Environmental eating

The 100-mile diet or eating locally is one way people can try to be more environmentally sensitive in their eating habits.  Removing agricultural subsidies would be a more difficult and probably more effective way of doing the same thing.

We live on the edge of a major fruit and vegetable growing area yet when we walk through the major chain supermarkets most of the produce appears to be imported.  It is easy to understand those people who want to eat locally or eat a 100-mile diet (all food produced within 100 miles of ones residence) or “live in place”.

Unfortunately there is no guarantee that locally produced food is any healthier or more environmentally friendly than food grown elsewhere.  One does not  have to go far off the major highways to see what appear to be factory farms.  The Conference Board of Canada has said something similar in a recent report according to an article in The Western Producer.

Improved transportation and food supply chain logistics have made long distance transport of fresh and frozen food viable, economical and environmentally sustainable, says the report published in late July.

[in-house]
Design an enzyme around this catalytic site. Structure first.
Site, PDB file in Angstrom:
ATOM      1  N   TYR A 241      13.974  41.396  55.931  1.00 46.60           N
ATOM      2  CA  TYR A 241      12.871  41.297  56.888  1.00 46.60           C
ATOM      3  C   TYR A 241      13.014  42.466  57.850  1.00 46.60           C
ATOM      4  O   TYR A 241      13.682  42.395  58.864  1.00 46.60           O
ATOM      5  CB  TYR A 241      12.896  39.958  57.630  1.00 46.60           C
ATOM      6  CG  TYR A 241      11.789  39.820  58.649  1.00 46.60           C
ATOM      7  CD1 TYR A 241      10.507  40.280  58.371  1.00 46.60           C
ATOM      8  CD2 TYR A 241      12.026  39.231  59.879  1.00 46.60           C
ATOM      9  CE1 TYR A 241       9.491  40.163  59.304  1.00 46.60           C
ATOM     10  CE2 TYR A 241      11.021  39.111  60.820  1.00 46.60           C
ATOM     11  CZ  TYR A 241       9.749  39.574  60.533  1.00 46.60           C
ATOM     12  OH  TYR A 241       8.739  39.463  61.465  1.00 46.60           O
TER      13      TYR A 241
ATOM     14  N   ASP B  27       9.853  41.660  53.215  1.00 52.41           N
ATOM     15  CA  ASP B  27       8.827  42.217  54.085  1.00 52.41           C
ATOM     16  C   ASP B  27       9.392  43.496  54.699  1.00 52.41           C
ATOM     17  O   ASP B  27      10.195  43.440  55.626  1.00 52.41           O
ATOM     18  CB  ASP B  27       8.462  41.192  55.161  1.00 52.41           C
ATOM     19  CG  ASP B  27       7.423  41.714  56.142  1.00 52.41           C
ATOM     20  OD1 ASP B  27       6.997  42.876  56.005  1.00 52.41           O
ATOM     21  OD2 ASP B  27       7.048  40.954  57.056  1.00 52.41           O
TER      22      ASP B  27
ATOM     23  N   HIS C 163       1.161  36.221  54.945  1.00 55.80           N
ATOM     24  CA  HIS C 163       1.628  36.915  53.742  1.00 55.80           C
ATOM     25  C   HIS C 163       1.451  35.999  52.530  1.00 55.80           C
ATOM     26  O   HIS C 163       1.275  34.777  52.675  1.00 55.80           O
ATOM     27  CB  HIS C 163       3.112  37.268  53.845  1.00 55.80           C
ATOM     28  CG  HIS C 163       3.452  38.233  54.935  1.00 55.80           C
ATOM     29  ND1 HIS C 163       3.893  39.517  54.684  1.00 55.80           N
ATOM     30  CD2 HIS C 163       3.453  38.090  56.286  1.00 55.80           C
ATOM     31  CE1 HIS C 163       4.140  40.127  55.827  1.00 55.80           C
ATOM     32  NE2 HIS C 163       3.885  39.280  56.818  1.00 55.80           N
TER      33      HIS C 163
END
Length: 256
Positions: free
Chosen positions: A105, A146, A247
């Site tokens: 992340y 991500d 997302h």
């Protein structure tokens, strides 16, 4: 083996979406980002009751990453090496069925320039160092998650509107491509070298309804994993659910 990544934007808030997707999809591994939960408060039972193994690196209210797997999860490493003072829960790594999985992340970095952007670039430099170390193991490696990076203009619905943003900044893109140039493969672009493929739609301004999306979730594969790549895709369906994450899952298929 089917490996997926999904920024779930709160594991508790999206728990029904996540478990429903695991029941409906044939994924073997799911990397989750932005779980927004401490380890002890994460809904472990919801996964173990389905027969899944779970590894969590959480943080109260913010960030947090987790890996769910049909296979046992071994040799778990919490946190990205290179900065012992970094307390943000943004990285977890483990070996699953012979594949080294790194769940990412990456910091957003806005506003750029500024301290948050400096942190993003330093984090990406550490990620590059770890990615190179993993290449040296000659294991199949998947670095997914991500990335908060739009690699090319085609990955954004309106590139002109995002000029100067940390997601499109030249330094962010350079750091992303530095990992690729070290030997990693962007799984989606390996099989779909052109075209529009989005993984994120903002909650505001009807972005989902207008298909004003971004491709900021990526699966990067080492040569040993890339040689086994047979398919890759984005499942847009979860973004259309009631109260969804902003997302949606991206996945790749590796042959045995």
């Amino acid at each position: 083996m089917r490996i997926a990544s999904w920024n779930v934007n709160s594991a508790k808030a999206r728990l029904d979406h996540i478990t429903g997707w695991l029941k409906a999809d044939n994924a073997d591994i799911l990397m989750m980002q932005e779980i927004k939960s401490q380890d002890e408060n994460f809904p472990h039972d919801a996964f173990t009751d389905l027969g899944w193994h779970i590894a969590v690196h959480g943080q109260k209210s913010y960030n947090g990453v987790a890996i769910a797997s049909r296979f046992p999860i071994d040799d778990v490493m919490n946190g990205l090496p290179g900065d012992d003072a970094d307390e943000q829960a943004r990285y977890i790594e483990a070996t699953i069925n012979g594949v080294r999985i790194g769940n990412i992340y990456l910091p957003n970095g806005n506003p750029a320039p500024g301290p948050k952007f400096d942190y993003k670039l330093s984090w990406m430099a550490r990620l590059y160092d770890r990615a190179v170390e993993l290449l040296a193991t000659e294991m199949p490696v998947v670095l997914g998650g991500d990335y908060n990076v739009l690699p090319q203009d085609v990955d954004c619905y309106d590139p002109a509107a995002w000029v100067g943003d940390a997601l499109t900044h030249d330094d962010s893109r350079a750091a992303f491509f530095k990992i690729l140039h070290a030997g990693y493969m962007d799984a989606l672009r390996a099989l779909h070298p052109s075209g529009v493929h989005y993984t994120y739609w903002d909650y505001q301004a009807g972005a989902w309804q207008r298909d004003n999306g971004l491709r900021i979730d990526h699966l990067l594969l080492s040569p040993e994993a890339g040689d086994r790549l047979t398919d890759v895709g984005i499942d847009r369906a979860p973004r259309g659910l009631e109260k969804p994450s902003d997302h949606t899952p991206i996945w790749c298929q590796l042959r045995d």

Local food production can actually consume more energy and leave a larger “environmental footprint” than food produced more efficiently and transported, says the report, Fast and Fresh: A Recipe for Canada’s Food Supply Chains.

(I think of the Conference Board of Canada as representing corporate rather than consumer interests.)

Another way to deal health and environmental issues in food production would be to remove all agricultural subsidies so that consumers would, as much as possible, know the full costs of the foods they eat and could make purchasing decisions according to their values.  Then we could eat locally  or imported depending upon which is cheaper and according to our values.  If the true cost of food is high enough some of us might decide to grow our own.

The problem with this approach is that subsidies, especially for farming,  are entrenched in our economy and removing this would be extremely difficult.  Also for political reasons governments generally practice a cheap food policy.

johnny_automatic_cornThis guy does most of the family grocery shopping at two stores.  One is plant nursery and produce store which carries lots of local items when they are in season as well as imported fruits and vegetables.  Their prices are usually less than the supermarkets and the farmers markets.  The other is a locally owned supermarket which carries some local products.

After writing the draft for this post I drove 10 km (return) to a  neighboring farm  to buy some fresh corn for lunch.  This was well within the 100-mile diet, but how environmental was it?  The corn was very nice.

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